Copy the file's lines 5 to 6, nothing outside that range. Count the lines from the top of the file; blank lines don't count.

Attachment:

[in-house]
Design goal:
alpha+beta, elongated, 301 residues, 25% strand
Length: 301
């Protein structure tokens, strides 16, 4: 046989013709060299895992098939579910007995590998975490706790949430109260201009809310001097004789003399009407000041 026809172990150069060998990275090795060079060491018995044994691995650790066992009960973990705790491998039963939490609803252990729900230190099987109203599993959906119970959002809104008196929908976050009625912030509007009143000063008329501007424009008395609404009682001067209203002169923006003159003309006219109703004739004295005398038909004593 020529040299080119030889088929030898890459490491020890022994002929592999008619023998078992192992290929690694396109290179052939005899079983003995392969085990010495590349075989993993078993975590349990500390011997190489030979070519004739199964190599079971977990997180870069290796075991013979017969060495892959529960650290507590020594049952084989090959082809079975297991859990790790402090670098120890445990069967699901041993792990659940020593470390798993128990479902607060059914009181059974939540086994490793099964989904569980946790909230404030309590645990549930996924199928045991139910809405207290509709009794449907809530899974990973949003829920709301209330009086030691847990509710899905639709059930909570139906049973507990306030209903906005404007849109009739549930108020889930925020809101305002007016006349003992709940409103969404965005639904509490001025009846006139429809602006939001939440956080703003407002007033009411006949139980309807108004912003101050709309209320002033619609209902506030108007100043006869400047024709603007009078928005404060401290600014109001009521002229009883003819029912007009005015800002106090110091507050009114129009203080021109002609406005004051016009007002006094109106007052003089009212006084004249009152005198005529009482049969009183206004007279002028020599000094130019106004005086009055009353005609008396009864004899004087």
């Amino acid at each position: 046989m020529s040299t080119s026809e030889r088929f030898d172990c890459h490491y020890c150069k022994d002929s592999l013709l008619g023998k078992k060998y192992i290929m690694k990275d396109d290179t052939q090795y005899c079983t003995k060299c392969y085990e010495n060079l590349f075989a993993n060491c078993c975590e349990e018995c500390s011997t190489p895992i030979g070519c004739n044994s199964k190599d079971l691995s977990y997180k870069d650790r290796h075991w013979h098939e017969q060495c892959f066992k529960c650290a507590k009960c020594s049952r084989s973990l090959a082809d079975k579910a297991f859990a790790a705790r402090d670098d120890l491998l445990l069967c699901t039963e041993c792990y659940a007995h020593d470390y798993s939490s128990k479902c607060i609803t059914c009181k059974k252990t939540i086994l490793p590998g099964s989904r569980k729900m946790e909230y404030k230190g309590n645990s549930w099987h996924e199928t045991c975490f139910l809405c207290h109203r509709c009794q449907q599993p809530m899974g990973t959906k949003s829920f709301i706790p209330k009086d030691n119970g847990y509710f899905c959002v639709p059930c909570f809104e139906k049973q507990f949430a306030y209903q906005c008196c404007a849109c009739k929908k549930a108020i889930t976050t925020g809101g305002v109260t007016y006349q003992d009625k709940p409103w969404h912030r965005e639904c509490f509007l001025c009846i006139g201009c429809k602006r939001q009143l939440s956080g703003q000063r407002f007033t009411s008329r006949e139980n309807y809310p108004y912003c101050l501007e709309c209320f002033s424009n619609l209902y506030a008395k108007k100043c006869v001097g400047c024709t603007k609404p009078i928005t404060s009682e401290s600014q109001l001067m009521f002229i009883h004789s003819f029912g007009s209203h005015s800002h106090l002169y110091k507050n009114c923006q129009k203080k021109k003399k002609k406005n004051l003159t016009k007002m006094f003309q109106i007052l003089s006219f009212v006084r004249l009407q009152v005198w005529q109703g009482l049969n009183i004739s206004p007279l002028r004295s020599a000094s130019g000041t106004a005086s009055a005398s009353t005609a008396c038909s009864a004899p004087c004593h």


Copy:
């Protein structure tokens, strides 16, 4: 046989013709060299895992098939579910007995590998975490706790949430109260201009809310001097004789003399009407000041 026809172990150069060998990275090795060079060491018995044994691995650790066992009960973990705790491998039963939490609803252990729900230190099987109203599993959906119970959002809104008196929908976050009625912030509007009143000063008329501007424009008395609404009682001067209203002169923006003159003309006219109703004739004295005398038909004593 020529040299080119030889088929030898890459490491020890022994002929592999008619023998078992192992290929690694396109290179052939005899079983003995392969085990010495590349075989993993078993975590349990500390011997190489030979070519004739199964190599079971977990997180870069290796075991013979017969060495892959529960650290507590020594049952084989090959082809079975297991859990790790402090670098120890445990069967699901041993792990659940020593470390798993128990479902607060059914009181059974939540086994490793099964989904569980946790909230404030309590645990549930996924199928045991139910809405207290509709009794449907809530899974990973949003829920709301209330009086030691847990509710899905639709059930909570139906049973507990306030209903906005404007849109009739549930108020889930925020809101305002007016006349003992709940409103969404965005639904509490001025009846006139429809602006939001939440956080703003407002007033009411006949139980309807108004912003101050709309209320002033619609209902506030108007100043006869400047024709603007009078928005404060401290600014109001009521002229009883003819029912007009005015800002106090110091507050009114129009203080021109002609406005004051016009007002006094109106007052003089009212006084004249009152005198005529009482049969009183206004007279002028020599000094130019106004005086009055009353005609008396009864004899004087």
């Amino acid at each position: 046989m020529s040299t080119s026809e030889r088929f030898d172990c890459h490491y020890c150069k022994d002929s592999l013709l008619g023998k078992k060998y192992i290929m690694k990275d396109d290179t052939q090795y005899c079983t003995k060299c392969y085990e010495n060079l590349f075989a993993n060491c078993c975590e349990e018995c500390s011997t190489p895992i030979g070519c004739n044994s199964k190599d079971l691995s977990y997180k870069d650790r290796h075991w013979h098939e017969q060495c892959f066992k529960c650290a507590k009960c020594s049952r084989s973990l090959a082809d079975k579910a297991f859990a790790a705790r402090d670098d120890l491998l445990l069967c699901t039963e041993c792990y659940a007995h020593d470390y798993s939490s128990k479902c607060i609803t059914c009181k059974k252990t939540i086994l490793p590998g099964s989904r569980k729900m946790e909230y404030k230190g309590n645990s549930w099987h996924e199928t045991c975490f139910l809405c207290h109203r509709c009794q449907q599993p809530m899974g990973t959906k949003s829920f709301i706790p209330k009086d030691n119970g847990y509710f899905c959002v639709p059930c909570f809104e139906k049973q507990f949430a306030y209903q906005c008196c404007a849109c009739k929908k549930a108020i889930t976050t925020g809101g305002v109260t007016y006349q003992d009625k709940p409103w969404h912030r965005e639904c509490f509007l001025c009846i006139g201009c429809k602006r939001q009143l939440s956080g703003q000063r407002f007033t009411s008329r006949e139980n309807y809310p108004y912003c101050l501007e709309c209320f002033s424009n619609l209902y506030a008395k108007k100043c006869v001097g400047c024709t603007k609404p009078i928005t404060s009682e401290s600014q109001l001067m009521f002229i009883h004789s003819f029912g007009s209203h005015s800002h106090l002169y110091k507050n009114c923006q129009k203080k021109k003399k002609k406005n004051l003159t016009k007002m006094f003309q109106i007052l003089s006219f009212v006084r004249l009407q009152v005198w005529q109703g009482l049969n009183i004739s206004p007279l002028r004295s020599a000094s130019g000041t106004a005086s009055a005398s009353t005609a008396c038909s009864a004899p004087c004593h």